Interestingly, I find that most people don’t even know that the Application Menu (Command-Tab) exists. It’s another one that I use regularly, as well as cycling through windows with Command-backquote, though I didn’t know what that key is called. I have many Safari windows open all the time, as well as many tabs in those windows. I would have a hard time using my computer without all these shortcuts.




  • I’ve always been extremely enamored of number one such that I have used third party utilities and keyboard macros to always override or otherwise make this available with a dedicated key; with degenerative issues like Parkinson’s I find Option-Shift-[key] shortcuts particularly troublesome.

    Thank goodness for the original Griffin Powermate USB and the still-functional v1.2 software; this micro-adjust option is still available in the app for convenient knob-turns as is on an old style amplifier.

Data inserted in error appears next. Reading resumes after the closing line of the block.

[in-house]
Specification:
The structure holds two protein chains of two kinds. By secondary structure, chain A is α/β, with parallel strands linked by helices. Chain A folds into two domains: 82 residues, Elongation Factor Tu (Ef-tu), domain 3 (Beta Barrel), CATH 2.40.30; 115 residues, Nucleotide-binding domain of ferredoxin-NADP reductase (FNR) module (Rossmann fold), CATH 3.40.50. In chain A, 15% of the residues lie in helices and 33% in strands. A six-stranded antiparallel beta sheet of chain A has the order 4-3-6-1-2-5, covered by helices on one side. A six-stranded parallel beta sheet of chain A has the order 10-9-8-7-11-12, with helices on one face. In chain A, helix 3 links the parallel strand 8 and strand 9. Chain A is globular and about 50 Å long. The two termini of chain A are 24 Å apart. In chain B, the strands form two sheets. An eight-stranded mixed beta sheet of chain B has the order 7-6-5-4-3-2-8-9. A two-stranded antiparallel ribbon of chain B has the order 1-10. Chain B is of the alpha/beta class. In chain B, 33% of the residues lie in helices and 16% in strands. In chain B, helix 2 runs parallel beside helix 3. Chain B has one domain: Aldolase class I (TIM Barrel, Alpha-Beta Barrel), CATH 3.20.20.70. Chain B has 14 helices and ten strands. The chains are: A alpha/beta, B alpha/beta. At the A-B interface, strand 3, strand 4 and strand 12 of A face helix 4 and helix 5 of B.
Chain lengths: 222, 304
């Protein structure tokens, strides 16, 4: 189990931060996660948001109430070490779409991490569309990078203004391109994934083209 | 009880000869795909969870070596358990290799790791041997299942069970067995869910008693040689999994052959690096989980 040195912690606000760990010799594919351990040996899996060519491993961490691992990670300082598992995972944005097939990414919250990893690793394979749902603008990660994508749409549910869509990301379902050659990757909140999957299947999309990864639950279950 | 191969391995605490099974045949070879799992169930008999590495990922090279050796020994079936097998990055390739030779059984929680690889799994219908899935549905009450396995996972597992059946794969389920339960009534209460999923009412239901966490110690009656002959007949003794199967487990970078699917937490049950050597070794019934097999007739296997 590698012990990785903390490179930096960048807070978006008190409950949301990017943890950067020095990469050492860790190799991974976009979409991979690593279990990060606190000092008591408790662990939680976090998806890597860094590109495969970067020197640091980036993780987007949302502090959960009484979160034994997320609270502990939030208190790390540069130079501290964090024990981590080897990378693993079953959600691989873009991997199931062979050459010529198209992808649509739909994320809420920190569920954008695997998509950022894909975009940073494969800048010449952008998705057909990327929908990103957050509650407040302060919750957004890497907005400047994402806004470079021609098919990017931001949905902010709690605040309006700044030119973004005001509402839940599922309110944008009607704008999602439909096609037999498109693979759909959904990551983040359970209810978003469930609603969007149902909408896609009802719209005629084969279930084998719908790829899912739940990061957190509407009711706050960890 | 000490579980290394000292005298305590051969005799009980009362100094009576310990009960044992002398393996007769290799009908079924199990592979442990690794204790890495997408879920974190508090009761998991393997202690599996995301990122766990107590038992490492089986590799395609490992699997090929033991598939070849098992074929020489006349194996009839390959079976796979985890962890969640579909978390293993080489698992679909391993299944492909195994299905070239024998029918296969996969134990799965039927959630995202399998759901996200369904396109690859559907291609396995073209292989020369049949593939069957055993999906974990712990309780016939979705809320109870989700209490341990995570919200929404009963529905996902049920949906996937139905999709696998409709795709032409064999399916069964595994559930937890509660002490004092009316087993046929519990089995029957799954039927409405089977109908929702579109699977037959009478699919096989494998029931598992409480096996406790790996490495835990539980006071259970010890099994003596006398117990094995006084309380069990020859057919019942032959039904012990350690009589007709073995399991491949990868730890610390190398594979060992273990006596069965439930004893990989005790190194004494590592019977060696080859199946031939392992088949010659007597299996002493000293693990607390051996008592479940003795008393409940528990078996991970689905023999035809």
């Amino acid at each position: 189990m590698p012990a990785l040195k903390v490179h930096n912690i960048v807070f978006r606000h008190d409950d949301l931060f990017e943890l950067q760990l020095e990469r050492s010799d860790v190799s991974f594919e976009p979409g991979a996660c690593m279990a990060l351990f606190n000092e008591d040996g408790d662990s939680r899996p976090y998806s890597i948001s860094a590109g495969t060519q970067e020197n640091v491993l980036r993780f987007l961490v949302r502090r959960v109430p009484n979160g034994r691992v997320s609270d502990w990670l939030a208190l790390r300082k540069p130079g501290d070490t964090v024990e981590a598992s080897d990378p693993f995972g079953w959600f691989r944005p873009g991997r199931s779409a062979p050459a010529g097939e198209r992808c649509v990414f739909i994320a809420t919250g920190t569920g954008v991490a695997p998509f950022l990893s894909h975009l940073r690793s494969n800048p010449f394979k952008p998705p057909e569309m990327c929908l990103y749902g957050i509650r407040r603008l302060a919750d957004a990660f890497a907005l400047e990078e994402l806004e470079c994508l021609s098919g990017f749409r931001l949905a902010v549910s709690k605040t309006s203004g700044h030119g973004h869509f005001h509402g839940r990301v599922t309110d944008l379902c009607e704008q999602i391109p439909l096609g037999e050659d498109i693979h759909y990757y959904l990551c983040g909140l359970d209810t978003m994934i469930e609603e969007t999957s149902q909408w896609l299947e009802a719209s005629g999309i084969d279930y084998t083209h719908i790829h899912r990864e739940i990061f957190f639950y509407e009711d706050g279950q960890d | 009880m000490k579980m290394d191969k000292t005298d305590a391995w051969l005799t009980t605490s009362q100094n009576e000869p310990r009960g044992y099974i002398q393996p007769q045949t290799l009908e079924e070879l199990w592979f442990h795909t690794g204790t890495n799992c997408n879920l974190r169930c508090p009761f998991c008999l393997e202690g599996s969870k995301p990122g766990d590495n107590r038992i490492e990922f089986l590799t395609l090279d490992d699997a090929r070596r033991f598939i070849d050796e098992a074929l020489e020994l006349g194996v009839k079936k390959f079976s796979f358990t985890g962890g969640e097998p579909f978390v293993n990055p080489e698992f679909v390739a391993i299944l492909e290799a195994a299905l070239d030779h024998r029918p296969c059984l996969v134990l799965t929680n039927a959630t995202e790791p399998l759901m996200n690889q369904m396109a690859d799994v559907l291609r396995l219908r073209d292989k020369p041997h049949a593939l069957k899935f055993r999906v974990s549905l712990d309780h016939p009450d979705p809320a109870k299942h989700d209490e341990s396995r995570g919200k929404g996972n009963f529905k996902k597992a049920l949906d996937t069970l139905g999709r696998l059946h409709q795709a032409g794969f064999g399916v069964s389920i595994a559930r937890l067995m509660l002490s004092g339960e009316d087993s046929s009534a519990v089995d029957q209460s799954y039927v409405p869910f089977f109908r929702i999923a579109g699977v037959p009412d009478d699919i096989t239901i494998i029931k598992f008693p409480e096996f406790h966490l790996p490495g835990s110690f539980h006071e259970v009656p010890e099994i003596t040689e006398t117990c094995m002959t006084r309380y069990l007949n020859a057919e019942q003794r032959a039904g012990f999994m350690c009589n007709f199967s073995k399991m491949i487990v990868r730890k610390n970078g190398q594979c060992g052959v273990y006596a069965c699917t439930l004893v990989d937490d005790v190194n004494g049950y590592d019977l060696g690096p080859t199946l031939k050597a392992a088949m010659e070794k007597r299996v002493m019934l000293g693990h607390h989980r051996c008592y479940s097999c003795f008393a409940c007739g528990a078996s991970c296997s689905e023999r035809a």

Past that Keyboard Maestro, or just vanilla AppleScript can do the same; for those of us invested in programmable keyboards, most can simulate the shortcut in firmware making the keyboard and its altered keys portable.

    It brings me great pain to watch people trying to compose even mail, let alone documents or code and not using the myriad of (generally universal) keystrokes available to position/select/replace/find/etc. text, and instead fudge around using mouse or trackpad at a glacial pace. I try to warn them of impending or relieved RSI, and they are astounded when I do a text editing demo, but few take the time to make keystrokes a part of their unconscious typing skills.